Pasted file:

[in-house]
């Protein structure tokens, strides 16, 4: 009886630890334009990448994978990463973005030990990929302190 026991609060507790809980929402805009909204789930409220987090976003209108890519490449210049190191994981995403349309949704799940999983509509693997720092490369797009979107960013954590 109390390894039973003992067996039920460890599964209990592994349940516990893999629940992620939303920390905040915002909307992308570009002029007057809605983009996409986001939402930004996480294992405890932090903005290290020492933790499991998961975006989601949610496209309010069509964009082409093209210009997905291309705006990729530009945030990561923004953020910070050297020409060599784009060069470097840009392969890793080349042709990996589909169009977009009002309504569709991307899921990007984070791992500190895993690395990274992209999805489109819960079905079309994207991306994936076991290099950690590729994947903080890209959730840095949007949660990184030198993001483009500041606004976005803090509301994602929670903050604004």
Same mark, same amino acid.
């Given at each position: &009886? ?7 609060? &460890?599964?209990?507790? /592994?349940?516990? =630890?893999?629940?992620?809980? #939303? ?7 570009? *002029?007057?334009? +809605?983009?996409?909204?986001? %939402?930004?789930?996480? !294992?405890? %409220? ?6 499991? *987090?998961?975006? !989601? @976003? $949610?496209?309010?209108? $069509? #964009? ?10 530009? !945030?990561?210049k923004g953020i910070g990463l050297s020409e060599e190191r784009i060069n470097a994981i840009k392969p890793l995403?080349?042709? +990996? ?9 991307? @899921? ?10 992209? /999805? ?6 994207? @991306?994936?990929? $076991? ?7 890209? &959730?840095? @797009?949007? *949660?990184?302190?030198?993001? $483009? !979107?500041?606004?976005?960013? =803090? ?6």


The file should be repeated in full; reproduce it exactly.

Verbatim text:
[in-house]
């Protein structure tokens, strides 16, 4: 009886630890334009990448994978990463973005030990990929302190 026991609060507790809980929402805009909204789930409220987090976003209108890519490449210049190191994981995403349309949704799940999983509509693997720092490369797009979107960013954590 109390390894039973003992067996039920460890599964209990592994349940516990893999629940992620939303920390905040915002909307992308570009002029007057809605983009996409986001939402930004996480294992405890932090903005290290020492933790499991998961975006989601949610496209309010069509964009082409093209210009997905291309705006990729530009945030990561923004953020910070050297020409060599784009060069470097840009392969890793080349042709990996589909169009977009009002309504569709991307899921990007984070791992500190895993690395990274992209999805489109819960079905079309994207991306994936076991290099950690590729994947903080890209959730840095949007949660990184030198993001483009500041606004976005803090509301994602929670903050604004």
Same mark, same amino acid.
């Given at each position: &009886? ?7 609060? &460890?599964?209990?507790? /592994?349940?516990? =630890?893999?629940?992620?809980? #939303? ?7 570009? *002029?007057?334009? +809605?983009?996409?909204?986001? %939402?930004?789930?996480? !294992?405890? %409220? ?6 499991? *987090?998961?975006? !989601? @976003? $949610?496209?309010?209108? $069509? #964009? ?10 530009? !945030?990561?210049k923004g953020i910070g990463l050297s020409e060599e190191r784009i060069n470097a994981i840009k392969p890793l995403?080349?042709? +990996? ?9 991307? @899921? ?10 992209? /999805? ?6 994207? @991306?994936?990929? $076991? ?7 890209? &959730?840095? @797009?949007? *949660?990184?302190?030198?993001? $483009? !979107?500041?606004?976005?960013? =803090? ?6």